Monty Python veteran Terry Jones has revealed he would shy away from making classic British comedy Life Of Brian today, because of a resurgence in religious belief.
Terry directed and acted in the 1979 film, starring the likes of John Cleese, Michael Palin, Graham Chapman, Terry Gilliam and Eric Idle, which sparked a religious storm and accusations of blasphemy.
Opponents of the now-celebrated comedy, which was a worldwide box-office success, claimed it made fun of Jesus.
But Terry told the Radio Times: "I never thought it would be as controversial as it turned out, although I remember saying when we were writing it that some religious nut case may take pot shots at us, and everyone replied, 'no'."
The 69-year-old said: "I took the view it wasn't blasphemous. It was heretical because it criticised the structure of the church and the way it interpreted the Gospels.
"At the time religion seemed to be on the back burner and it felt like kicking a dead donkey. It's come back with a vengeance and we'd think twice about making it now."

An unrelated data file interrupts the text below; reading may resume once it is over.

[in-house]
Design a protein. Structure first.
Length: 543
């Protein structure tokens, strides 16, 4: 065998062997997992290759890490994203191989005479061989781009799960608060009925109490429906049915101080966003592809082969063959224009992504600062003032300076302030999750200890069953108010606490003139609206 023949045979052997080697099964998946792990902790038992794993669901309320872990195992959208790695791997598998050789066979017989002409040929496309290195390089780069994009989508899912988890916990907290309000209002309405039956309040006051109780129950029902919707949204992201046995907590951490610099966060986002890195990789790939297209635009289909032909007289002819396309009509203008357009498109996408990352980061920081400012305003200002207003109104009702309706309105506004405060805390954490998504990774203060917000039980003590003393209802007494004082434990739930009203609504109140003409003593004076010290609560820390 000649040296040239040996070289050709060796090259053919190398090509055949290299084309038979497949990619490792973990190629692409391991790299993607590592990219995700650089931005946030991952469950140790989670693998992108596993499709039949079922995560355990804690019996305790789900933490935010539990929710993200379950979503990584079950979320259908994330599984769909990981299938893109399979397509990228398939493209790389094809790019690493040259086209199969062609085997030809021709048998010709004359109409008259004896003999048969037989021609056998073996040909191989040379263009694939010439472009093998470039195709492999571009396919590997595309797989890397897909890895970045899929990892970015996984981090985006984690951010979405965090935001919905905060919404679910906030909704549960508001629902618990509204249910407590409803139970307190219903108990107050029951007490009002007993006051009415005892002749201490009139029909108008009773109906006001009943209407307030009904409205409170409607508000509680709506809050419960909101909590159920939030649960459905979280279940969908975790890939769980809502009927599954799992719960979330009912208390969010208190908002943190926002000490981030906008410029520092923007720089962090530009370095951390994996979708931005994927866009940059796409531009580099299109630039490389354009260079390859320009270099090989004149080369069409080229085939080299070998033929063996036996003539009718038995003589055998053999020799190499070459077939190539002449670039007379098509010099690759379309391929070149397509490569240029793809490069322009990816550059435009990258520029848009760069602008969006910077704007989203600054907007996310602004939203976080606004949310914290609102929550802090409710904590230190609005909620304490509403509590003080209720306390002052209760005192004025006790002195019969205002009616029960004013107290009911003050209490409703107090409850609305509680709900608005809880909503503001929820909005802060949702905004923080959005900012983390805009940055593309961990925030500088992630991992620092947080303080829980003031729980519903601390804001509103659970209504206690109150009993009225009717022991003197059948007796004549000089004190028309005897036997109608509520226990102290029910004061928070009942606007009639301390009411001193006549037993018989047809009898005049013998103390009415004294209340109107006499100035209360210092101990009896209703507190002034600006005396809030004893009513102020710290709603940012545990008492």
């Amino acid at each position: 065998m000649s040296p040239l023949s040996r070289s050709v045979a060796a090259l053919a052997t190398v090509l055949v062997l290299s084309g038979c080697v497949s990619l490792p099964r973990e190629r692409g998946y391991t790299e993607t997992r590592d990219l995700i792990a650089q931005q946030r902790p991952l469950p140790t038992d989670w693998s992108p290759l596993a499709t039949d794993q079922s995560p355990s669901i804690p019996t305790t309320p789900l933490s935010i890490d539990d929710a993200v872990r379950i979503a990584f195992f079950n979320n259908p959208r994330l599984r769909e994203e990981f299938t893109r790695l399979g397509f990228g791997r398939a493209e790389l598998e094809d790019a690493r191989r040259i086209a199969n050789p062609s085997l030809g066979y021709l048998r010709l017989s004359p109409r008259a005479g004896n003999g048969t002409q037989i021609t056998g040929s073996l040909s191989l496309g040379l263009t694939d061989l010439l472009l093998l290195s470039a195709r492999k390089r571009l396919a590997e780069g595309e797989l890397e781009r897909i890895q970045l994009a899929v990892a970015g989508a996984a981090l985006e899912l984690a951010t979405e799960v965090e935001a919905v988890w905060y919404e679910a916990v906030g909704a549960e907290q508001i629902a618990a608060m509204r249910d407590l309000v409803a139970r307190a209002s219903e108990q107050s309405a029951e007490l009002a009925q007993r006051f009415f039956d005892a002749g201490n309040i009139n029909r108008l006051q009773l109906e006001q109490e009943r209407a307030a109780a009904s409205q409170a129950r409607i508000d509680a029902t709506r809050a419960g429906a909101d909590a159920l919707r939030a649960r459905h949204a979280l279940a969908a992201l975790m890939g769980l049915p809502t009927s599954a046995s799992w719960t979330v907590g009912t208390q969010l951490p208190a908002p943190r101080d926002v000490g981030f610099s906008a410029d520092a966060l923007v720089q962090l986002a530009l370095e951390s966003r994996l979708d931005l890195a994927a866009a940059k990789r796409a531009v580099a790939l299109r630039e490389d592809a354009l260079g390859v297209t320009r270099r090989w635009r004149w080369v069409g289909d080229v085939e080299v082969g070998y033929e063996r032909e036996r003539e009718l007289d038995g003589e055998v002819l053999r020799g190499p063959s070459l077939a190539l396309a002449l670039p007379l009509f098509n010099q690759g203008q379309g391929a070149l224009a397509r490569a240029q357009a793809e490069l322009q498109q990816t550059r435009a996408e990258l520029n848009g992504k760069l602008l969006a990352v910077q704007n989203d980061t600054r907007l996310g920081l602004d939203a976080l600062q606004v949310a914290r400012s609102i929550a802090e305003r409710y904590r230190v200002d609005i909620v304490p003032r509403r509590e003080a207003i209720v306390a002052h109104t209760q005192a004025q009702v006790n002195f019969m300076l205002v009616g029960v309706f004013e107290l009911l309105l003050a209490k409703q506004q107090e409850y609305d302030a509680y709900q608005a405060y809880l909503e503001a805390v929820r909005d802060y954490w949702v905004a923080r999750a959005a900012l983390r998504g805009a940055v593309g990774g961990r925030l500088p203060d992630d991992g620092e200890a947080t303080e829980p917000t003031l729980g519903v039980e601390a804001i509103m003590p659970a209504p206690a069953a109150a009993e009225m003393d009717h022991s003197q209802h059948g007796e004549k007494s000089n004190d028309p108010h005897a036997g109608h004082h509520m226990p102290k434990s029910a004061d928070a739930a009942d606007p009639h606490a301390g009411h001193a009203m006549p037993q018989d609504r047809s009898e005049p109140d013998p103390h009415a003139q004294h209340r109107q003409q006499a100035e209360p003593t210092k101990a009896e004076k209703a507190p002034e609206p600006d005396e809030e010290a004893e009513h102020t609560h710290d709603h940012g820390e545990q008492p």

Asked whether he would make a similarly satirical film about Muslims, he said: "Probably not - looking at Salman Rushdie (whose controversial book The Satanic Verses forced him into hiding for 10 years).
"I suppose people would be frightened. I think it's whipped up by the arms industry."
Terry was interviewed by the magazine to mark a BBC4 comedy drama, Holy Flying Circus, about the opposition to the film.
The BBC is also reconstructing the TV debate Friday Night...Saturday Morning, which took place between Cleese and Palin and the Bishop of Southwark, Mervyn Stockwood, and Malcolm Muggeridge, who thought the film was blasphemous.